Mebane Faber Discusses New ‘Shareholder Yield’ ETF

ETF Trends

It has been a busy week for Mebane Faber. The firm he co-founded has launched its first ETF, and his new book on an alternative approach to dividend investing is out.

Cambria Shareholder Yield ETF (SYLD) started trading Tuesday.

The actively managed ETF incorporates the strategies outlined in Faber’s new e-book, Shareholder Yield: A Better Approach to Dividend Investing.

“The thesis is actually pretty simple,” said Faber, chief investment officer of Cambria Investment Management, in a telephone interview Tuesday. “Dividends are only one way that companies can allocate cash. It makes no sense to focus only on dividends – it’s one of the most basic mistakes in investing.”

Faber is a co-portfolio manager for the new SYLD, which will challenge popular dividend ETFs such as Vanguard Dividend Appreciation ETF (VIG), iShares Select Dividend ETF (DVY) and SPDR S&P Dividend ETF (SDY).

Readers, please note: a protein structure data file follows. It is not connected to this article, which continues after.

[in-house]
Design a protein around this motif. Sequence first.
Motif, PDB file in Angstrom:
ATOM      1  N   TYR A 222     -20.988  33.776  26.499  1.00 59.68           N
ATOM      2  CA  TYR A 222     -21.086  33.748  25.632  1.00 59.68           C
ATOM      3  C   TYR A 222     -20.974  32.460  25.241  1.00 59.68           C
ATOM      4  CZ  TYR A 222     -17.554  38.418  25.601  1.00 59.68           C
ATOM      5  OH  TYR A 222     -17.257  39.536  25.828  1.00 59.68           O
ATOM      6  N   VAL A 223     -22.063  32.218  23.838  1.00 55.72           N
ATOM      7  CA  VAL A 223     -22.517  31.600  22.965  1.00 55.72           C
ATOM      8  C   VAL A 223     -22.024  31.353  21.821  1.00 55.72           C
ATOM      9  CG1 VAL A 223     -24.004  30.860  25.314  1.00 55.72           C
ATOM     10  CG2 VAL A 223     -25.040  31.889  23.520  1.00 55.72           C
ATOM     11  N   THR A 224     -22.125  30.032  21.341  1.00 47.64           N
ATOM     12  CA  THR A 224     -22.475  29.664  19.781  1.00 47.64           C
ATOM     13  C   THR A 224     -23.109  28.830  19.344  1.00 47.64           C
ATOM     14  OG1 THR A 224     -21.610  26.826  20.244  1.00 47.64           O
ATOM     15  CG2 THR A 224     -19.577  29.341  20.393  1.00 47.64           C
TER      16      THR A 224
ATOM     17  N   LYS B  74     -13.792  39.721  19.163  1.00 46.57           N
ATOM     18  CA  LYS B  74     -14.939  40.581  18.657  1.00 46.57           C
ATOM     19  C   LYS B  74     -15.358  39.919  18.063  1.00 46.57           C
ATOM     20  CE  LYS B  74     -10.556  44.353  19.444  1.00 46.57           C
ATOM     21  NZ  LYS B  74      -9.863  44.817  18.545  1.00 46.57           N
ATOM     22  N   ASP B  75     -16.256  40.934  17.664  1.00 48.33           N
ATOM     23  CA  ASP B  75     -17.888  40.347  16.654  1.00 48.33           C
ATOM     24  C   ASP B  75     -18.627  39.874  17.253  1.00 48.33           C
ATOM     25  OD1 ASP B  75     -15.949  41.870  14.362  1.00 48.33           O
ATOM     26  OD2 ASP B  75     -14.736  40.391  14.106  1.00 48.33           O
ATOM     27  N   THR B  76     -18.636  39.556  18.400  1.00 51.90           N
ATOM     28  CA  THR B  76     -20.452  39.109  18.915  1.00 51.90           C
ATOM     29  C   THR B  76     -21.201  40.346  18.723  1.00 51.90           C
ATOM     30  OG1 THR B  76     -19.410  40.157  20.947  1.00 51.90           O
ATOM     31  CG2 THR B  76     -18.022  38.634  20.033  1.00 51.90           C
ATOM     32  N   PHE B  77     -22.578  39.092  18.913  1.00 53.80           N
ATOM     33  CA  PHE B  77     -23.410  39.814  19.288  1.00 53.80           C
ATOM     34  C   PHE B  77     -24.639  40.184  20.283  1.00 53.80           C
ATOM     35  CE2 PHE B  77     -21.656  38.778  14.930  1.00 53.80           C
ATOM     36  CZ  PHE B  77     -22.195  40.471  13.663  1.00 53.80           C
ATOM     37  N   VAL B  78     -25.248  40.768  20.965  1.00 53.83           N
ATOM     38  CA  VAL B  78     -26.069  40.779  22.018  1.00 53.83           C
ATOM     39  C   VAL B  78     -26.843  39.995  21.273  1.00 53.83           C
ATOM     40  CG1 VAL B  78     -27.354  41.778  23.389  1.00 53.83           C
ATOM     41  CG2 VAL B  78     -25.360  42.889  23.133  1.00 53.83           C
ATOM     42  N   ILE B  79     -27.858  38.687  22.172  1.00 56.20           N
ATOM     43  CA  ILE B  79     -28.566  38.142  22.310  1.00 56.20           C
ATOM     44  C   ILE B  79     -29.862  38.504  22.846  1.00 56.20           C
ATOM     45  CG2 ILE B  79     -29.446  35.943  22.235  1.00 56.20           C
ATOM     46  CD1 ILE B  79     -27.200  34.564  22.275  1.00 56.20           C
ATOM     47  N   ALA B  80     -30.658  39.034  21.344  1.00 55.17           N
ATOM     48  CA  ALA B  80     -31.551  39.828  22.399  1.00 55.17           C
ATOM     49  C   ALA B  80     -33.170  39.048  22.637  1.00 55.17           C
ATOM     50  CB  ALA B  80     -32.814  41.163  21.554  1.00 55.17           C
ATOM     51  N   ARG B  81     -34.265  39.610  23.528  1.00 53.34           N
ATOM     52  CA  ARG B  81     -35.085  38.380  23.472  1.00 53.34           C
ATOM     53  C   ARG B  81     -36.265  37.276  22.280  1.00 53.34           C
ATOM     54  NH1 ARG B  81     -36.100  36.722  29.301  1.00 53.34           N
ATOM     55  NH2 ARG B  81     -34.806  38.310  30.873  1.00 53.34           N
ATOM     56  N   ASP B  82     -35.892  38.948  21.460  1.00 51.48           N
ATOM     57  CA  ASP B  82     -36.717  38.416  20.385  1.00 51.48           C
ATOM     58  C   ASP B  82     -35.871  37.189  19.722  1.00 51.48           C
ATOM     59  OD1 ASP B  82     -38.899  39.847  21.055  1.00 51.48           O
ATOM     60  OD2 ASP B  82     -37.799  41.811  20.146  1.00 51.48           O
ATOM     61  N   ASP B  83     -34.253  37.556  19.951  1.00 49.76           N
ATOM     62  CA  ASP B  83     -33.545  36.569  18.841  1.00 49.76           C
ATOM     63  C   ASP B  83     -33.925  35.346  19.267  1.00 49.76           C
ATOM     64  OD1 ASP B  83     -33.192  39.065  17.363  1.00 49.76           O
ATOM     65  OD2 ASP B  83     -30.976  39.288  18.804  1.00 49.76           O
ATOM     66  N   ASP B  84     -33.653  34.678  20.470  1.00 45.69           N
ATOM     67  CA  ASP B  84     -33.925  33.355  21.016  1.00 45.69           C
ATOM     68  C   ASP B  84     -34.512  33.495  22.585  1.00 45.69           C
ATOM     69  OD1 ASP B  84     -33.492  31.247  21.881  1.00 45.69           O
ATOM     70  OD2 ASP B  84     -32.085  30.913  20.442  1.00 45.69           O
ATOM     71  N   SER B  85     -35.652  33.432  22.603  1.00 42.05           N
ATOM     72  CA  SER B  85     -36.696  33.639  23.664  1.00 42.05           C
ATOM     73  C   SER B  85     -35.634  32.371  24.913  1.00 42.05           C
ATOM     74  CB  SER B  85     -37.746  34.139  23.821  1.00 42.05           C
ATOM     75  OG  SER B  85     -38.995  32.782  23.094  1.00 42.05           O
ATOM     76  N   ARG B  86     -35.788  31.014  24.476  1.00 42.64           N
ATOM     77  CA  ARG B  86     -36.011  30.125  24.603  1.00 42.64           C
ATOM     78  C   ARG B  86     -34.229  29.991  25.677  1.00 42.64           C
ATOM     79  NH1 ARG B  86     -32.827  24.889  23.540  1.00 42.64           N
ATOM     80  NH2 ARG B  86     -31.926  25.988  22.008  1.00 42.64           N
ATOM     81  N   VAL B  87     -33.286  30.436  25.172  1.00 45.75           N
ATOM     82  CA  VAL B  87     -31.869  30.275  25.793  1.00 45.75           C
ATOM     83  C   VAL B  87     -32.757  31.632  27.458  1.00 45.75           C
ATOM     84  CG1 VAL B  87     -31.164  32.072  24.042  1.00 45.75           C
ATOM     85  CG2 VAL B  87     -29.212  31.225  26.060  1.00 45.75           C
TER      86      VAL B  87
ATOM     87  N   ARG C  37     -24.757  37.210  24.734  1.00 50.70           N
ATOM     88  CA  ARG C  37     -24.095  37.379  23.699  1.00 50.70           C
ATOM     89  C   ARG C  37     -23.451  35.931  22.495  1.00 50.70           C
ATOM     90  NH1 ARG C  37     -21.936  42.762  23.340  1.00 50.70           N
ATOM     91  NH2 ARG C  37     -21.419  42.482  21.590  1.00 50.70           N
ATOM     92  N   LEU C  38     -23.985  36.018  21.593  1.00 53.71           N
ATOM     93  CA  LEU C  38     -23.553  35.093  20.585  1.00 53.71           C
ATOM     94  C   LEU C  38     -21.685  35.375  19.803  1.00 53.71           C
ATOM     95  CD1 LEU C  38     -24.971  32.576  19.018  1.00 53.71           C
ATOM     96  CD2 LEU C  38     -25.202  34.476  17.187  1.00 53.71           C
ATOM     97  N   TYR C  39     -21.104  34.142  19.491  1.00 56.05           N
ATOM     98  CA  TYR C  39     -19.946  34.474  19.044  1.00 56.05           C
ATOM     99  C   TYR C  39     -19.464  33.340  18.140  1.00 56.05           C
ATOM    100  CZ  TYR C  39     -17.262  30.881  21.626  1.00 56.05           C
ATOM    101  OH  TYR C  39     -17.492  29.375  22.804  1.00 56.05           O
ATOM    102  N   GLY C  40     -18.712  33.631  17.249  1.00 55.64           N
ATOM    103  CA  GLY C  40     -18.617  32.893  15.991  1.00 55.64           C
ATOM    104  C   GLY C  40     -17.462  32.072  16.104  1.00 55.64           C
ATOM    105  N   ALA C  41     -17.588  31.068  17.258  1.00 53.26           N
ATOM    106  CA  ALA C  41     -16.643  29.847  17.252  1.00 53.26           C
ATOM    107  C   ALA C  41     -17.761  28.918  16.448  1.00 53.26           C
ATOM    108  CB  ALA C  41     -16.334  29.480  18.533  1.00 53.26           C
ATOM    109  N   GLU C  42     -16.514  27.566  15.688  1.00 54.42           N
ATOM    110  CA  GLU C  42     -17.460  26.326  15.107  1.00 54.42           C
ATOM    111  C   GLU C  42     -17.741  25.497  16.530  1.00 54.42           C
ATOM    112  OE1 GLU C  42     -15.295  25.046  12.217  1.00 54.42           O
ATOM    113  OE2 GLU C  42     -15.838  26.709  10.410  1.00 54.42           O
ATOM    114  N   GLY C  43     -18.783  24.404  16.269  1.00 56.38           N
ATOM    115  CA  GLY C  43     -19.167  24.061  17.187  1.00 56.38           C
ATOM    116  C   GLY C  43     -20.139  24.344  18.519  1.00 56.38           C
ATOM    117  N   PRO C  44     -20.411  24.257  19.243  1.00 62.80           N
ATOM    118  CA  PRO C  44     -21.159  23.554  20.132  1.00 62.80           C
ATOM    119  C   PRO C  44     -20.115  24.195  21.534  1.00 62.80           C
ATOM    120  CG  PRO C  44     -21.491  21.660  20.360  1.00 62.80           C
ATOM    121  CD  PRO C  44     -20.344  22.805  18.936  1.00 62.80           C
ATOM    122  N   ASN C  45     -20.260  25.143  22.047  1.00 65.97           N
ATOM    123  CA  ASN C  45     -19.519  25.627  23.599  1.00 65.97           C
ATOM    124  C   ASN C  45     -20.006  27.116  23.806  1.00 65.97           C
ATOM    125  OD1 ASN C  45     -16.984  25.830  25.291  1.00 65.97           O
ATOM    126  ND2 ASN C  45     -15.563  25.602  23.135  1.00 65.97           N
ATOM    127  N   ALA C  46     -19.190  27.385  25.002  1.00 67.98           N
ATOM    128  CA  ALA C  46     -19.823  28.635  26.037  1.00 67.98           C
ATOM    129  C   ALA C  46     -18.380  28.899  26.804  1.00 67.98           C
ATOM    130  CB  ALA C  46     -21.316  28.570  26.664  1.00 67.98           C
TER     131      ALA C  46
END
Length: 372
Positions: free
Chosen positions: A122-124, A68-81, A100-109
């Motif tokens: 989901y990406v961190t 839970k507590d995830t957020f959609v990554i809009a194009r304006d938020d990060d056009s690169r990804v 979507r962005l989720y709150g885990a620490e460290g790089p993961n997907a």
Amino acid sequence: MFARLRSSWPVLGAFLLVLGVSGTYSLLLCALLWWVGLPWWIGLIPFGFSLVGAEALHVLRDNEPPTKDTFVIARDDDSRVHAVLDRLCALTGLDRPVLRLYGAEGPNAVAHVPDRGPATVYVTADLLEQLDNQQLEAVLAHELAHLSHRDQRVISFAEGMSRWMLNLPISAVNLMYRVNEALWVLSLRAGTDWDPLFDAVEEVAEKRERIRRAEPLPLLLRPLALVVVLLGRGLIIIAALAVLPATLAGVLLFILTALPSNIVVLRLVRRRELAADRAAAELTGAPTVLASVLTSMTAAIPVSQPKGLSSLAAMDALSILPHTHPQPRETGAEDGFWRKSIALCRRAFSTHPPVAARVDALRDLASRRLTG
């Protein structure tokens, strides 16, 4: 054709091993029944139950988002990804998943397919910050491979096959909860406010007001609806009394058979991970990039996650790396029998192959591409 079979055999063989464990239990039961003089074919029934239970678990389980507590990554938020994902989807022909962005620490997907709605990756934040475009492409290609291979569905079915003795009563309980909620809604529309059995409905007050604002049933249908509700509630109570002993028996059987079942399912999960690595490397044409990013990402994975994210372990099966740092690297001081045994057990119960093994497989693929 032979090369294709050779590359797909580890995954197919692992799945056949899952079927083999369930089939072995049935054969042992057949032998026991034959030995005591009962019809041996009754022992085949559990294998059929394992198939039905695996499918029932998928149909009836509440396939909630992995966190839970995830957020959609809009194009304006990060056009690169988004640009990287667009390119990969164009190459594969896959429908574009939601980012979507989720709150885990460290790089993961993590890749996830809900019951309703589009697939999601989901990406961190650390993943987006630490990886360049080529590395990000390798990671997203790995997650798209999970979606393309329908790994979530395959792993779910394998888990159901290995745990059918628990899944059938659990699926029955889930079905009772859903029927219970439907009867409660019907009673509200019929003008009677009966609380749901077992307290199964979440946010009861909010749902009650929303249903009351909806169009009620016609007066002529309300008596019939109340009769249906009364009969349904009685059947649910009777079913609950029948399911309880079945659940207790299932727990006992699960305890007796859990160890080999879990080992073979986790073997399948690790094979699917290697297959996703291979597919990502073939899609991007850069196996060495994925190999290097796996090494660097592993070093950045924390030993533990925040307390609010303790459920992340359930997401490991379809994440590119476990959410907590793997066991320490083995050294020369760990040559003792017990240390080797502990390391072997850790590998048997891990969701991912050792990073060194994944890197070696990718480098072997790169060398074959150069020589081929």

However, SYLD will take a different approach than existing dividend-themed ETFs.

Aside from dividend payments, the new fund’s quantitative strategy also hunts for companies that are returning cash to investors by repurchasing shares and reducing debt.

In recent decades there have been structural and tax changes in the market that have encouraged companies to buy back shares rather than return cash to investors through dividend payments, Faber said.

“We believe a much better portfolio can be constructed with a holistic approach that includes all three measures: dividends, share buybacks and paying down debt,” he added. “And historically it has outperformed nicely compared to dividend-only and market-cap-weighted strategies.”

So the concept of “shareholder yield” goes beyond just dividend payments.

Faber said shareholder yields and traditional dividend yields can produce very different numbers for the same company.

SYLD will hold U.S. stocks with market caps of more than $200 million to focus on large, liquid stocks.

The ETF will target a minimum shareholder yield of roughly 4%. Its share-buyback screen does factor in any stock that is being issued to company management, Faber said.

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